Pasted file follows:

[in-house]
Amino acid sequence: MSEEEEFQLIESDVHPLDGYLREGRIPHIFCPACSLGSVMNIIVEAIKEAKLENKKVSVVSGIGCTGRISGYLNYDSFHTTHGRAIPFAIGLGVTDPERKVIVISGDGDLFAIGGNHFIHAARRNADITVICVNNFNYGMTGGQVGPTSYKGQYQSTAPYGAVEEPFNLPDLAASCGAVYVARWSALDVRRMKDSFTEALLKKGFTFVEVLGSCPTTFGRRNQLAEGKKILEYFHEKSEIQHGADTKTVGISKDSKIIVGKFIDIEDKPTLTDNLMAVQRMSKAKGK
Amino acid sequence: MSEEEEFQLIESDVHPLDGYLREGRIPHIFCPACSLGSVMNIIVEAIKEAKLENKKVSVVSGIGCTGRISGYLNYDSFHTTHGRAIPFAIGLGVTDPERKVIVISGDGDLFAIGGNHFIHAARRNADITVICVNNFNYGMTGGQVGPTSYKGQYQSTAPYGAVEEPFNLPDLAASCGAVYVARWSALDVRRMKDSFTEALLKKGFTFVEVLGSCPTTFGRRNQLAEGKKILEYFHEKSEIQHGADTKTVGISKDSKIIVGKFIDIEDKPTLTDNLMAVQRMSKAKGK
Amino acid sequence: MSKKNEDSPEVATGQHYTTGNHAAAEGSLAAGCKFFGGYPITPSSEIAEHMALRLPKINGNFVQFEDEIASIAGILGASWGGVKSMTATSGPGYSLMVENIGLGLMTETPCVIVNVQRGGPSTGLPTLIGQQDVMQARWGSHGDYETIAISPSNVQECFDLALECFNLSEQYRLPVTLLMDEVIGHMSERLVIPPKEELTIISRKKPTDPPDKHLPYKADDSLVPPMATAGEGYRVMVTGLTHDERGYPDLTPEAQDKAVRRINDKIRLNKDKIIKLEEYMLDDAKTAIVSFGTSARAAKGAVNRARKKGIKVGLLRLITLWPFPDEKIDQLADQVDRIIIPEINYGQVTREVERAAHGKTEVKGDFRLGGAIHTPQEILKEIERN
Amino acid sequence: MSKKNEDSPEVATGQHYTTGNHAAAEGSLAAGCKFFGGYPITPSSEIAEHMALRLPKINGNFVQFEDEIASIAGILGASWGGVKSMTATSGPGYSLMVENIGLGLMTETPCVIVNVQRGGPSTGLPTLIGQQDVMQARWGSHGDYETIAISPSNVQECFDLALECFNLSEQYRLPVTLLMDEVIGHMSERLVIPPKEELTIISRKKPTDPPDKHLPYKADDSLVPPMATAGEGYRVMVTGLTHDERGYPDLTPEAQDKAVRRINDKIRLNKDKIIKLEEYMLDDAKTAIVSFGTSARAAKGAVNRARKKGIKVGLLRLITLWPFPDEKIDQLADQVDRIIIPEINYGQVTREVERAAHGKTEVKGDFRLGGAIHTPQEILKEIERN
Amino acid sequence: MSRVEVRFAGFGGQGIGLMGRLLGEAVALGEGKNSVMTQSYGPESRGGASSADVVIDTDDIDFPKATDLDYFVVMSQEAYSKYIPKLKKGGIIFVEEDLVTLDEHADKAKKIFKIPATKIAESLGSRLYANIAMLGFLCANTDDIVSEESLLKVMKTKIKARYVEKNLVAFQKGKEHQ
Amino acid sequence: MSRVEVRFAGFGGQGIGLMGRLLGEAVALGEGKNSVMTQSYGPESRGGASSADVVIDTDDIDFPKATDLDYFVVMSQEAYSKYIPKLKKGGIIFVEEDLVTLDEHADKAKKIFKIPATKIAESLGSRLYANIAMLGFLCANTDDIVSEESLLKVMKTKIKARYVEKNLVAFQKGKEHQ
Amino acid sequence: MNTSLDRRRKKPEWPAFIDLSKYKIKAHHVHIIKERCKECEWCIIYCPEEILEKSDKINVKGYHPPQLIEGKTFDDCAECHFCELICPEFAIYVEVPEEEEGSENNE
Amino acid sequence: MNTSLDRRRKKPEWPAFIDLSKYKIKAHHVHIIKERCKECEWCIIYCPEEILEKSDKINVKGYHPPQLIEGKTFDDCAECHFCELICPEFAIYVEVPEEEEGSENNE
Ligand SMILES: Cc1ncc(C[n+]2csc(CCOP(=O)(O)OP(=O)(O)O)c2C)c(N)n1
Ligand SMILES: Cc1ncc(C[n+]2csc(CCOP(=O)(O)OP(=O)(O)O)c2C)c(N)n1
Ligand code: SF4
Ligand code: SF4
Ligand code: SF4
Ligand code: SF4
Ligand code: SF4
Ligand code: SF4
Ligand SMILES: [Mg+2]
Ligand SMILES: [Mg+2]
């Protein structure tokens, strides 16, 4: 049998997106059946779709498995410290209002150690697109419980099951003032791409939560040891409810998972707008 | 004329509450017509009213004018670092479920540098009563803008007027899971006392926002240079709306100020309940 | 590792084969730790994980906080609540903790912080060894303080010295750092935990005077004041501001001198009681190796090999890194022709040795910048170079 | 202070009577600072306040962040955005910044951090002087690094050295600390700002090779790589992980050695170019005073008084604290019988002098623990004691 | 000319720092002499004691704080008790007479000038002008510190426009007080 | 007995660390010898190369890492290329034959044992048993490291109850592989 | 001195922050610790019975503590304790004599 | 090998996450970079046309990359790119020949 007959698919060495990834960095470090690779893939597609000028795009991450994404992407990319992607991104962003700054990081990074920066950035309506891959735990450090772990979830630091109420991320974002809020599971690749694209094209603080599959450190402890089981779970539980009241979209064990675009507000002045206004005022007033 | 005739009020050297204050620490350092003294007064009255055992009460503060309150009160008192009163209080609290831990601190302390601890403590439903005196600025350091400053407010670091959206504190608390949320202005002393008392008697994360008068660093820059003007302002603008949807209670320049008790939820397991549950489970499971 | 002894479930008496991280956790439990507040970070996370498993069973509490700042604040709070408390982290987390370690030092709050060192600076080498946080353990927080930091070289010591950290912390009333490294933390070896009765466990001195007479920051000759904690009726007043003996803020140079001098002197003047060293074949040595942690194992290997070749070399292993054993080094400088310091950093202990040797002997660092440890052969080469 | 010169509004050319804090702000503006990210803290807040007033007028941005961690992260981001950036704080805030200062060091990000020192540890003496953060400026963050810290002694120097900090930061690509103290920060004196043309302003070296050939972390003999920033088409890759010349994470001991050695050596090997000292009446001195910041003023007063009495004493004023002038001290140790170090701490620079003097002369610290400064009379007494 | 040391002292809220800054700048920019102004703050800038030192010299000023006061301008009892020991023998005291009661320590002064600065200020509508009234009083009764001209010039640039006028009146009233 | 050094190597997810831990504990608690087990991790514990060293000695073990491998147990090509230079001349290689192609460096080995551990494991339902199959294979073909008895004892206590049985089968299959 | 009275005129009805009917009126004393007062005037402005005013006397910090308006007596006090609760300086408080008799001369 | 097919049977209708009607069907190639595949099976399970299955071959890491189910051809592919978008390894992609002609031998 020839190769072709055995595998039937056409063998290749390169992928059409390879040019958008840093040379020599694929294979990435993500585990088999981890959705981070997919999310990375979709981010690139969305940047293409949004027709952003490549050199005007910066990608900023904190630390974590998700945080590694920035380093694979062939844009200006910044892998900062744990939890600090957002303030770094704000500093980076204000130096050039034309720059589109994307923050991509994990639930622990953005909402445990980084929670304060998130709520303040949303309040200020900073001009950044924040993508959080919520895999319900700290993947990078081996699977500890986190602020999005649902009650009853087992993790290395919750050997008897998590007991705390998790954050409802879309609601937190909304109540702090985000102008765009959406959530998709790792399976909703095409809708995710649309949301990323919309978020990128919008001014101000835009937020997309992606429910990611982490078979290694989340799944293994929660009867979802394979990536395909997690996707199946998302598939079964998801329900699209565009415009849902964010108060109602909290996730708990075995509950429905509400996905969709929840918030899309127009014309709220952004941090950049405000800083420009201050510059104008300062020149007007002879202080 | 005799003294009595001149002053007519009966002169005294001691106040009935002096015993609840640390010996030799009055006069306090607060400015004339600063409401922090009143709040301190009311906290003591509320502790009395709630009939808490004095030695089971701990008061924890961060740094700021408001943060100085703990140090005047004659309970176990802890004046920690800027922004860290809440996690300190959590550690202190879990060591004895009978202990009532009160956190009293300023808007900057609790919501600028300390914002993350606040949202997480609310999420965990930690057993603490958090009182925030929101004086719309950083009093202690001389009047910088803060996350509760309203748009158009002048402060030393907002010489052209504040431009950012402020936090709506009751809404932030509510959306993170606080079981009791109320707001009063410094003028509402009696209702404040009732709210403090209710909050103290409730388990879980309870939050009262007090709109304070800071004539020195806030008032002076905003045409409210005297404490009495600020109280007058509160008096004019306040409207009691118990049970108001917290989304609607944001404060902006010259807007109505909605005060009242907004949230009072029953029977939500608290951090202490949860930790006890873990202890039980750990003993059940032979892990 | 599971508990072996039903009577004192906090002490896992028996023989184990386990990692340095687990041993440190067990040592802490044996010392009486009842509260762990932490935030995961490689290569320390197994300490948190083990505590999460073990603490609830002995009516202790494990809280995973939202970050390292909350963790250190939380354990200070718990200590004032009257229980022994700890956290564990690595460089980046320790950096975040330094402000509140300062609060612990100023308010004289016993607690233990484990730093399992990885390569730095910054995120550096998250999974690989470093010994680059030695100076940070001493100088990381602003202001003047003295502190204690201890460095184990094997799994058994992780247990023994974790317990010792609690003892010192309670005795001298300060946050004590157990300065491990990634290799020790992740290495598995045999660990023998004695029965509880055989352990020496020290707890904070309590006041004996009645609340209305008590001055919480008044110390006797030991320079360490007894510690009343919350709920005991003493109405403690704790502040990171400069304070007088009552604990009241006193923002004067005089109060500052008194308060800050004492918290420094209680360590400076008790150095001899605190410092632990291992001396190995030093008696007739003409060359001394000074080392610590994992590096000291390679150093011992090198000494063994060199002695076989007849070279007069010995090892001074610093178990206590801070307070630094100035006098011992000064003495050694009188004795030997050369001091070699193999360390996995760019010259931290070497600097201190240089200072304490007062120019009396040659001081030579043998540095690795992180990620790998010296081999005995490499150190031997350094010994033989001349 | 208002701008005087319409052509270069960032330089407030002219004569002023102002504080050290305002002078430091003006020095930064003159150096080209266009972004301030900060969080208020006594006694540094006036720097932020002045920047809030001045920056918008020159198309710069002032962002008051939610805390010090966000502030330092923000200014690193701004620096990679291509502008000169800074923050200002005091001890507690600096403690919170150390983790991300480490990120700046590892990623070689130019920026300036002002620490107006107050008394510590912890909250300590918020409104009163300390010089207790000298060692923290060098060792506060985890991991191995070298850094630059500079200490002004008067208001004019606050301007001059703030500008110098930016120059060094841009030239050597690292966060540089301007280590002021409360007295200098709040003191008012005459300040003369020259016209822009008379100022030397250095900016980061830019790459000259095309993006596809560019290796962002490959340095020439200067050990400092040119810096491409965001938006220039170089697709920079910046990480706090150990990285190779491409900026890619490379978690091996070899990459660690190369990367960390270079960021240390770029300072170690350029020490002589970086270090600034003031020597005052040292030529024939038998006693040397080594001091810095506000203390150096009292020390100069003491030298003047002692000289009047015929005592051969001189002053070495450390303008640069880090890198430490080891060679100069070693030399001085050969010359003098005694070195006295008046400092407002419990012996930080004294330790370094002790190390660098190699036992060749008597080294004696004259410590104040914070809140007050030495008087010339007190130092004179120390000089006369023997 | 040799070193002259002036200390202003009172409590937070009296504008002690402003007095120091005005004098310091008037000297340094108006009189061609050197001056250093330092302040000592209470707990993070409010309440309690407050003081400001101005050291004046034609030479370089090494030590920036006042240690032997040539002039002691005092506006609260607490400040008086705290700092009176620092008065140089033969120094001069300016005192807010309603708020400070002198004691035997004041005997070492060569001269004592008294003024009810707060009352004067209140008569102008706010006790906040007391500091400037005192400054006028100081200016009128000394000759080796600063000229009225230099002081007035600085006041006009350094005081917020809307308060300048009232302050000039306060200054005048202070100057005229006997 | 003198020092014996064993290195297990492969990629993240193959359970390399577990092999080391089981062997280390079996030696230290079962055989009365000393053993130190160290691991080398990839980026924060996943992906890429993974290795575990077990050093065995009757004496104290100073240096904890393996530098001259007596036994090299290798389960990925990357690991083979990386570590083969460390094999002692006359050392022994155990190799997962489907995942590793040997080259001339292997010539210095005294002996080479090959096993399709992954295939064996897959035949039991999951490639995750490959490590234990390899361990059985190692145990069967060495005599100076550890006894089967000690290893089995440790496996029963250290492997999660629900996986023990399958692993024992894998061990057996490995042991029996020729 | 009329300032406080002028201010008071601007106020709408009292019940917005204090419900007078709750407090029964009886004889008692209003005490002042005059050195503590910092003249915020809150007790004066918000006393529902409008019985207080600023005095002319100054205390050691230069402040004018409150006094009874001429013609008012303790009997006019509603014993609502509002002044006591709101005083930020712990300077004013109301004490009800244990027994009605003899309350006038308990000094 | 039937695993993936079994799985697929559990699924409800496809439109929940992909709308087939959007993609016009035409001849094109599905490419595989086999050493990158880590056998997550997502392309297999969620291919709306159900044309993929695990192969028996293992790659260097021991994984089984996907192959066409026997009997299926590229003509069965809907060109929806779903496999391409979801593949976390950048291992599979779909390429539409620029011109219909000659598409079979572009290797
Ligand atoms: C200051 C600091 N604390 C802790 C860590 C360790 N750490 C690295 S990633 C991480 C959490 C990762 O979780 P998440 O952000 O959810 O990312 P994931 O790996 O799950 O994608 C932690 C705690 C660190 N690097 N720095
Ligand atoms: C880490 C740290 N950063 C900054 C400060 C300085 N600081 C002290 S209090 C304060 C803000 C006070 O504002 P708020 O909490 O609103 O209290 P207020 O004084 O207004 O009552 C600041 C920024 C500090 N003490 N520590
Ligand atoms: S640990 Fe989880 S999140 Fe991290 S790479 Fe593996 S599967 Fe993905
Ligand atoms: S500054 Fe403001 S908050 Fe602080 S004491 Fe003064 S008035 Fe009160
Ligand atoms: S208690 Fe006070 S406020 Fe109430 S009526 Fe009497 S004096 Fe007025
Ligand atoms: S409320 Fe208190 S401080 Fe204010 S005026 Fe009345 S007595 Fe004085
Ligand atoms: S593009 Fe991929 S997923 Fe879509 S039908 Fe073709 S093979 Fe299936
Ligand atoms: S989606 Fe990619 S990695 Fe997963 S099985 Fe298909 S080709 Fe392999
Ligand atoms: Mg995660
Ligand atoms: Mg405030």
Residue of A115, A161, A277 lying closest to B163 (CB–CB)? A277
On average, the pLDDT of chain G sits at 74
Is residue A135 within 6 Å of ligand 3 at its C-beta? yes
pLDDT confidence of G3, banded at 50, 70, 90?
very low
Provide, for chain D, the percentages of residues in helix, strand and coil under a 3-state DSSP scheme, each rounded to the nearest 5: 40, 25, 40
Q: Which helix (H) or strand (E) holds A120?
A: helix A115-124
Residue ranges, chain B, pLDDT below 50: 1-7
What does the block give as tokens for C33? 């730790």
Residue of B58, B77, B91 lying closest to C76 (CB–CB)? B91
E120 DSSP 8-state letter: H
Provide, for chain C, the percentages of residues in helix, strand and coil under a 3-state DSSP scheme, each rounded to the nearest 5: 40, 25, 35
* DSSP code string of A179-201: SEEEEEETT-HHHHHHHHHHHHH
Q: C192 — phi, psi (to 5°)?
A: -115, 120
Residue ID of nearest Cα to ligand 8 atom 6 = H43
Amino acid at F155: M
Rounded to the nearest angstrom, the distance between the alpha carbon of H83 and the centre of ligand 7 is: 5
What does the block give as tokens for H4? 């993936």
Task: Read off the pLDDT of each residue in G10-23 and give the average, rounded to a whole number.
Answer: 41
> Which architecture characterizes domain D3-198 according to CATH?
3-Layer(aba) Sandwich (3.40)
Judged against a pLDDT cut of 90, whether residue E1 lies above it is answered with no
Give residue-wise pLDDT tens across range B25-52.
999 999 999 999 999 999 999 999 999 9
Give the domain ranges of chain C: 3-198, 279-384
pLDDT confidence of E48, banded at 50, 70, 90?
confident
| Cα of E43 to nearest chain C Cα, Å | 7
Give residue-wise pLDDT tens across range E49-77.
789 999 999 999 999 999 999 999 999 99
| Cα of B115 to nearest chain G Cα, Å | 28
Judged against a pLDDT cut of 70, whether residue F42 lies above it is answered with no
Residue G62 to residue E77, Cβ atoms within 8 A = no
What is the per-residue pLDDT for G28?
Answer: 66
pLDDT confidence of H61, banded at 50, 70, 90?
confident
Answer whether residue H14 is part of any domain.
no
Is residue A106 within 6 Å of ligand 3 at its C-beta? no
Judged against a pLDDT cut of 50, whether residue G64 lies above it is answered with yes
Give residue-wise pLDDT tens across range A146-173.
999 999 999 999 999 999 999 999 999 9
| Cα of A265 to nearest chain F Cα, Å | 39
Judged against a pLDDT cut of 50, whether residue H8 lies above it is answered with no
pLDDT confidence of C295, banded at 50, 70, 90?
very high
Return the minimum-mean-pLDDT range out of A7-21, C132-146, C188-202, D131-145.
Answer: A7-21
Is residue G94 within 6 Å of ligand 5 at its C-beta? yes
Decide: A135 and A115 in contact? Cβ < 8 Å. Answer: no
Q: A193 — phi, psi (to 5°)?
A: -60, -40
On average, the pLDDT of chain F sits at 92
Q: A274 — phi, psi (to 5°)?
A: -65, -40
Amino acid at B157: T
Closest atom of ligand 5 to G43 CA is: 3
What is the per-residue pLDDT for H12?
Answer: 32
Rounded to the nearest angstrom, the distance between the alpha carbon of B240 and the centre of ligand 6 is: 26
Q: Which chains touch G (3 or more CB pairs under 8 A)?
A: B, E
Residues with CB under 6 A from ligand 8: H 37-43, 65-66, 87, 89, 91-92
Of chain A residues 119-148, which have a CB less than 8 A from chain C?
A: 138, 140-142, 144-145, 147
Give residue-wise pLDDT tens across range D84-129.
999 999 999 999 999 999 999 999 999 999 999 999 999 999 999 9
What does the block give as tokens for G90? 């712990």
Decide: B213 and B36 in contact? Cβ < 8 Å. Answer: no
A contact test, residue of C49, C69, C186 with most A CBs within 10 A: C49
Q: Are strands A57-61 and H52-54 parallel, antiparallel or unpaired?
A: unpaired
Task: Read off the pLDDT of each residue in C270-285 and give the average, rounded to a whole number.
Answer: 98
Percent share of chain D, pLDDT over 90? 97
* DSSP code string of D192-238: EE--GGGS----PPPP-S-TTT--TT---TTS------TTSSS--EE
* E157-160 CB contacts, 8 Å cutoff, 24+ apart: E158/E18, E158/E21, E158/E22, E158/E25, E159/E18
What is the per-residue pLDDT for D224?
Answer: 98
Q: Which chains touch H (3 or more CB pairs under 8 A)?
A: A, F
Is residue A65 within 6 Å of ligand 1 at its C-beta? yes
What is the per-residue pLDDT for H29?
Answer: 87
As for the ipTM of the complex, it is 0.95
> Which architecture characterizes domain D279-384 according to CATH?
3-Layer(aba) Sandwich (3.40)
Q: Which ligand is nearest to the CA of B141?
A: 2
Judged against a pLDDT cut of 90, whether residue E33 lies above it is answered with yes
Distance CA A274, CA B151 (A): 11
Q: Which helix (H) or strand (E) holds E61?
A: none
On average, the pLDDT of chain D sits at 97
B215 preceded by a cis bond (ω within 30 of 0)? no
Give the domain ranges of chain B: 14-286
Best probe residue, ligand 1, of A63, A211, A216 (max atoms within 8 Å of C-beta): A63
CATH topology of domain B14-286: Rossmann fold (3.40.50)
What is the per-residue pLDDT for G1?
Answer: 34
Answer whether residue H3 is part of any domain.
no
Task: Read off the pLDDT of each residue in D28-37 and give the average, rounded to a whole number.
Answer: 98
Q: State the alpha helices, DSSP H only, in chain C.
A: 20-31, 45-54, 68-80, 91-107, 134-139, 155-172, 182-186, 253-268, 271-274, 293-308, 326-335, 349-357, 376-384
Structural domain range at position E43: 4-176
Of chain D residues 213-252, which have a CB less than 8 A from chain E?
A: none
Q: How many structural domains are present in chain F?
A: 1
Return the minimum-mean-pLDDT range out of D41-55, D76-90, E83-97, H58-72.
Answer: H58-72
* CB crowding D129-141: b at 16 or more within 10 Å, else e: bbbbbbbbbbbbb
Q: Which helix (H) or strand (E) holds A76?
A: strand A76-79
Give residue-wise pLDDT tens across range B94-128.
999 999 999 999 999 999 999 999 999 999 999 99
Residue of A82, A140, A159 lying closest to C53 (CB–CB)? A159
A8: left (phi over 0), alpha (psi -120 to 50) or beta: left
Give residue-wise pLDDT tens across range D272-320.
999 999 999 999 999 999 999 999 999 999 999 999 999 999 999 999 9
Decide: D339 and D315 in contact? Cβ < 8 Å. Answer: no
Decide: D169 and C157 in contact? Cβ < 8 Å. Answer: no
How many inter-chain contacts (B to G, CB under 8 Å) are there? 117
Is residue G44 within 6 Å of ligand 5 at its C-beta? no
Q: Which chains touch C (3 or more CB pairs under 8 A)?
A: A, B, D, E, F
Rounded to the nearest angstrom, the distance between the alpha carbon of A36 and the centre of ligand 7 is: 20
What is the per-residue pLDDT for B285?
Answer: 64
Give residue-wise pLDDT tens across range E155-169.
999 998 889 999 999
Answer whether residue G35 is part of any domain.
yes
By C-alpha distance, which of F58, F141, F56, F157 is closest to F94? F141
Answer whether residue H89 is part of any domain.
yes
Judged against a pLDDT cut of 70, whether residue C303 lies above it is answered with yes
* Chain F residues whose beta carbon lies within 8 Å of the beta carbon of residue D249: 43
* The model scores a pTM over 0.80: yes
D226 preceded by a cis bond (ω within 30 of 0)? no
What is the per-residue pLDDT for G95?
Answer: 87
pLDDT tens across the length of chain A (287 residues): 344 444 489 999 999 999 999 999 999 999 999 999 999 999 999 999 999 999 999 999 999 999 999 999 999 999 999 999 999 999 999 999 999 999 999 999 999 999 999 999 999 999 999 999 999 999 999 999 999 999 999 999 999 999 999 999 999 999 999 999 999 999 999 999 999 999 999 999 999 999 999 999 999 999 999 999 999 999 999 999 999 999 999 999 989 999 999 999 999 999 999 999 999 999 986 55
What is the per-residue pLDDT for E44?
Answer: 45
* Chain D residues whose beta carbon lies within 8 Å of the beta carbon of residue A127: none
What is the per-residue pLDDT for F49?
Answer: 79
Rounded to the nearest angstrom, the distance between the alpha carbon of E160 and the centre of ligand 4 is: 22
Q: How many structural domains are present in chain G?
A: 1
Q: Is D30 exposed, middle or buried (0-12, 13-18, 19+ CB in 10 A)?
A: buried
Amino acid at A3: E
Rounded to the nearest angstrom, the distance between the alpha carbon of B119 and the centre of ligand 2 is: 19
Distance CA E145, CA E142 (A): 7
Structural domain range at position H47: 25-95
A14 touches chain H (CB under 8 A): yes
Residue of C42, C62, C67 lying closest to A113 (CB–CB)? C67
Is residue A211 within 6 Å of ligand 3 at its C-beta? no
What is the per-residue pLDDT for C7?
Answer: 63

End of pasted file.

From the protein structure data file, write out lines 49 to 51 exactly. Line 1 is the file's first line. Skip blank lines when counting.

Rounded to the nearest angstrom, the distance between the alpha carbon of H83 and the centre of ligand 7 is: 5
What does the block give as tokens for H4? 């993936």
Task: Read off the pLDDT of each residue in G10-23 and give the average, rounded to a whole number.